Independence has been a cherished dream for many people in Catalonia. In fact, the region’s push for autonomy in the 1930’s was one of the reasons behind the Spanish Civil War and the resulting Franco dictatorship.
At the time, Spain was ruled by an authoritarian government, where civil liberties were broken and minorities were suppressed to assimilate into the mainstream Spanish identity. Following the death of Franco in 1975, Spain’s transition to democracy was enshrined in the new constitution and the authority of Madrid was decentralized. The parliament and the autonomy of Catalonia re-emerged and Spain embarked on a path of reconciliation.
Today, the events of the past seemed like ancient history. Barcelona, the capital of Catalonia, has flourished since the restoration of democracy, and it is one of the most celebrated cities in Europe. As for the autonomous state ofCatalonia, it is one of the wealthiest regions of Spain. Catalonia has its own police force and exercises its own control of healthcare, welfare, and education programs. There are also many provisions in place to protect the Catalan identity. With a population of roughly 8 million people, Catalonia accounts for not only nearly a fifth of Spain’s population, but also a fifth of Spain’s total Gross-Domestic Product (GDP).
The disproportionate tax input has been one of the primary reasons in favor of independence which emerged in the aftermath of the 2008 financial crisis. Many Catalans believe that their economic prosperity would translate into a viable sovereign nation, and this has culminated in the latest popular vote for independence. However, the government in Madrid disagrees. Spanish Prime Minster Mariano Rajoy of the Partido Popular (PP), considers the Catalan referendum to be illegal and has thus far dealt with the situation by applying legal and economic pressure on the regional authorities. As such, nearly every referendum related decision by the Catalan government was taken to the Constitutional Court where they have been dismissed as unlawful acts.
Since holding the referendum was in violation of Section Two of the Spanish Constitution, the Spanish Judiciary System is currently investigating if any crimes have been committed during the vote. In this framework, some Catalan officials have been summoned to testify before preventional prosecutors. Ahead of Sunday’s referendum, the situation heated up in mid-September when Spanish law enforcement agencies raided Catalan government offices in search of documents that were linked to the referendum. Spanish security forces also confiscated large quantities of referendum materials such as posters, envelopes, and ballot papers. Moreover, authorities in Madrid also blocked several websites that were connected to the popular vote.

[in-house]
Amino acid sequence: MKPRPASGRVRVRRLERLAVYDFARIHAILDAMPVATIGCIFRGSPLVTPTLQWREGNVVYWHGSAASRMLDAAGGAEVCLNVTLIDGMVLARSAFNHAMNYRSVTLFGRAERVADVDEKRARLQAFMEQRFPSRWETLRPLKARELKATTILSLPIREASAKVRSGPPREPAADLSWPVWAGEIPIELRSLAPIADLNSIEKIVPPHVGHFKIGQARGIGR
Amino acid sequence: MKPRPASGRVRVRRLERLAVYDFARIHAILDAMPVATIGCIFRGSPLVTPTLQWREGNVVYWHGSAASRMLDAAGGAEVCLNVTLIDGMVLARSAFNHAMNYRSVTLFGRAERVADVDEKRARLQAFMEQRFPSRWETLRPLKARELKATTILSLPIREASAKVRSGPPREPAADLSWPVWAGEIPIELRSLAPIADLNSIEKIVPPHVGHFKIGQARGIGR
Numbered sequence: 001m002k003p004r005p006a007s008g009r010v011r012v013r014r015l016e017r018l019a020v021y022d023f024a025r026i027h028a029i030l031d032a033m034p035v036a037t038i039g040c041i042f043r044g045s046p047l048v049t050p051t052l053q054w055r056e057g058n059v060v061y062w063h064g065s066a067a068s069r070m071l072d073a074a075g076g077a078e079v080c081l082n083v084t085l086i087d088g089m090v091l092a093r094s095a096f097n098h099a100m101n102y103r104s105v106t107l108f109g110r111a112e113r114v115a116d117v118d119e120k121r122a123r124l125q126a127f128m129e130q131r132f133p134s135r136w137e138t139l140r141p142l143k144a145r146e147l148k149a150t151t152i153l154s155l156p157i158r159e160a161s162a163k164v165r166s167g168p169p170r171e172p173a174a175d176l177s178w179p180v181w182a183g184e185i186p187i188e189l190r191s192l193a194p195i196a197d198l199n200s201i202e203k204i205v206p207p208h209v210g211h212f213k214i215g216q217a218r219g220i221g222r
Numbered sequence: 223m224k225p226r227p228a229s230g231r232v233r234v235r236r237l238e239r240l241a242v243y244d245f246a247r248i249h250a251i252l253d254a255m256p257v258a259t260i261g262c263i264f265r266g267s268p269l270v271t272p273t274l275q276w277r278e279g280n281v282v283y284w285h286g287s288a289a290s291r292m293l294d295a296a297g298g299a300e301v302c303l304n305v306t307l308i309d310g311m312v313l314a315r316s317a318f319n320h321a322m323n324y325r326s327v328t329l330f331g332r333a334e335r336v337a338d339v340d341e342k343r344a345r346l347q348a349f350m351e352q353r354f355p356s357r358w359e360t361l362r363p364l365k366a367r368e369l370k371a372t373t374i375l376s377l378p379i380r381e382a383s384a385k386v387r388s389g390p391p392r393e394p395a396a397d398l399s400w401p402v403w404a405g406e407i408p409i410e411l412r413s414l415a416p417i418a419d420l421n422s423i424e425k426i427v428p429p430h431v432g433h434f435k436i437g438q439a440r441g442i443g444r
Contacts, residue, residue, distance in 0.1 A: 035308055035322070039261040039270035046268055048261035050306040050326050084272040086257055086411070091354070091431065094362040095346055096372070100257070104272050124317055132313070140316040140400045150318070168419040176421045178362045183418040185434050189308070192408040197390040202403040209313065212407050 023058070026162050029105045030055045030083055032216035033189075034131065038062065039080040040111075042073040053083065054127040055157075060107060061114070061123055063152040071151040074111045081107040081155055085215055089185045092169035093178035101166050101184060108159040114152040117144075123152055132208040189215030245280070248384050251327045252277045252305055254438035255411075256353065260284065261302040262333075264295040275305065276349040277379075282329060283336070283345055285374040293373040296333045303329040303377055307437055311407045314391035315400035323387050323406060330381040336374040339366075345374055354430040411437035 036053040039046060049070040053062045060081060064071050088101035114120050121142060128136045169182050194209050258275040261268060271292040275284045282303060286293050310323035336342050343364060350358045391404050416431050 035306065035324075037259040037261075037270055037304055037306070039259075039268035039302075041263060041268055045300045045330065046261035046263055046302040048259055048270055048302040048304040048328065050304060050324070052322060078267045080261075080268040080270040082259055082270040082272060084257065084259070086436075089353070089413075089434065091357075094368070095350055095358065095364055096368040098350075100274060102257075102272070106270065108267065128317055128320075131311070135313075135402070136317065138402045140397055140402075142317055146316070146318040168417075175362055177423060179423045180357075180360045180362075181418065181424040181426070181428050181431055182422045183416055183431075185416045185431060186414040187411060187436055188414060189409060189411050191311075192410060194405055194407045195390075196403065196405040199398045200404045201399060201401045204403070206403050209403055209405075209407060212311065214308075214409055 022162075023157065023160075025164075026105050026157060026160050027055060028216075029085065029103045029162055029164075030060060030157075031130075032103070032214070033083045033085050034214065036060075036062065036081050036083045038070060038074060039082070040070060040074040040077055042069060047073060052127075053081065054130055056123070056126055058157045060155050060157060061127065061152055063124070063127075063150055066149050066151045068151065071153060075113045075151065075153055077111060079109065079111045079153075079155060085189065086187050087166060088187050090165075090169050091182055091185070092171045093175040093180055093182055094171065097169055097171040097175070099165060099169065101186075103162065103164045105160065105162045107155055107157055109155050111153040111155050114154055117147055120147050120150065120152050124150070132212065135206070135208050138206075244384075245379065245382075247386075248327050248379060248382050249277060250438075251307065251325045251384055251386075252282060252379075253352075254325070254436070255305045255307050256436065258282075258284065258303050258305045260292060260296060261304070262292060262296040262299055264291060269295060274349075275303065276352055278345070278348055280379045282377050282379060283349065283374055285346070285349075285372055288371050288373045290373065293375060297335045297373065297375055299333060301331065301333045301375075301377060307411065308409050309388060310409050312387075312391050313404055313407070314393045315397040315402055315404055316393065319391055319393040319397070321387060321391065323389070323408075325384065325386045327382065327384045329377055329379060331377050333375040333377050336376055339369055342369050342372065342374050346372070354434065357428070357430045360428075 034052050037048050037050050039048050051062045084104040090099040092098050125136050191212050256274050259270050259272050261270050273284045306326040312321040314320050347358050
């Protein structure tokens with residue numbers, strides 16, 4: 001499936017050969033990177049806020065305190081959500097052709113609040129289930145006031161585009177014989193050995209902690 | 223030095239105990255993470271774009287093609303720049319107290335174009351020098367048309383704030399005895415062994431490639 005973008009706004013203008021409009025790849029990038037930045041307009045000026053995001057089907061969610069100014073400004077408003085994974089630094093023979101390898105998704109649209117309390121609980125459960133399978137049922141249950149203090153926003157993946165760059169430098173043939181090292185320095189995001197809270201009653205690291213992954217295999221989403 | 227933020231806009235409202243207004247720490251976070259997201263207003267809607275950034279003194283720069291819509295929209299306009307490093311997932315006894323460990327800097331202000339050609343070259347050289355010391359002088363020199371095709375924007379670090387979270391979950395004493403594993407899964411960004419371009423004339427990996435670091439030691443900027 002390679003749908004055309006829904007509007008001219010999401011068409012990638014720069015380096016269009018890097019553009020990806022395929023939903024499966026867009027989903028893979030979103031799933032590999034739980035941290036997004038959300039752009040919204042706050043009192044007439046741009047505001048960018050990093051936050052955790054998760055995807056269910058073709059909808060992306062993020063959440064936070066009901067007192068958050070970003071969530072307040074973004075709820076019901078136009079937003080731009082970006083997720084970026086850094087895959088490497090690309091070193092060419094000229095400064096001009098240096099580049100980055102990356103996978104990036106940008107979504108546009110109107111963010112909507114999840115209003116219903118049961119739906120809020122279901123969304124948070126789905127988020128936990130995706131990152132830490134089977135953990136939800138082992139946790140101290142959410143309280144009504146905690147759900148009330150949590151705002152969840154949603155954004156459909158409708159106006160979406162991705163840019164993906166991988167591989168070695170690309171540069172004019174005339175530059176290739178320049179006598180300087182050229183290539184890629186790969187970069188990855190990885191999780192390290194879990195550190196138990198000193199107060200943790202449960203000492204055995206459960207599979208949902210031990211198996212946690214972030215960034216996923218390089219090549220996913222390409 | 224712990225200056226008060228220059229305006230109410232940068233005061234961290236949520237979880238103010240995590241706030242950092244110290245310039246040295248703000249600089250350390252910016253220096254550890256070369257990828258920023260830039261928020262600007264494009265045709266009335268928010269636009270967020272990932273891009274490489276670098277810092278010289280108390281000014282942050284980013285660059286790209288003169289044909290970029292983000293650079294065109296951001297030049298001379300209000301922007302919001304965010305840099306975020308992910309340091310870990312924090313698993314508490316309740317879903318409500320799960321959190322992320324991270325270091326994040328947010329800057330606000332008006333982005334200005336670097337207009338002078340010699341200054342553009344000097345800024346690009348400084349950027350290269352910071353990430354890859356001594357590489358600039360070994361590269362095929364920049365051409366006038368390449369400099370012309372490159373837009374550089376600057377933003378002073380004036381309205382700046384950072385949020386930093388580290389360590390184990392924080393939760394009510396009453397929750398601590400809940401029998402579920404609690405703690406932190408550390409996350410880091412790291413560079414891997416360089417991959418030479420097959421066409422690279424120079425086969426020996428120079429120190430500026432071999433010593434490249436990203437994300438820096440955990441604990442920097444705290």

As the Spanish government was determined to undermine the referendum, an independent Catalonia would threaten the existence of Spain and trigger secessionist movements in the Basque region, Andalusia, and Asturias to demand their own referendums. Yet, as significant as the events seem, this is not the first time Catalonia held a referendum for independence. In 2013, the parliament of Catalonia declared that the region had all the merits of an independent state. Although a large majority of the voters supported independence, the overall turnout was quite low. Nevertheless, secessionist sentiment gratefully influenced the 2015 regional elections in Catalonia. Political factions promised a new referendum on independence and as secessionist sentiment prevailed, a combined pro-independence majority in the Catalan parliament scheduled a new referendum for October 2017, and this brings us to the situation we face today.
The aim appeared to be that if Madrid were able to reduce the voter turnout, the central government could hurt the legitimacy of the mandate. Meanwhile, the Regional Catalan Authority needed to do the opposite and attain a higher participation turnout compared to the 2014 vote. Organizers of the referendum claim that 90% of Catalans voted in favor of independence, while opposition members note that those who didn’t support the referendum didn’t vote.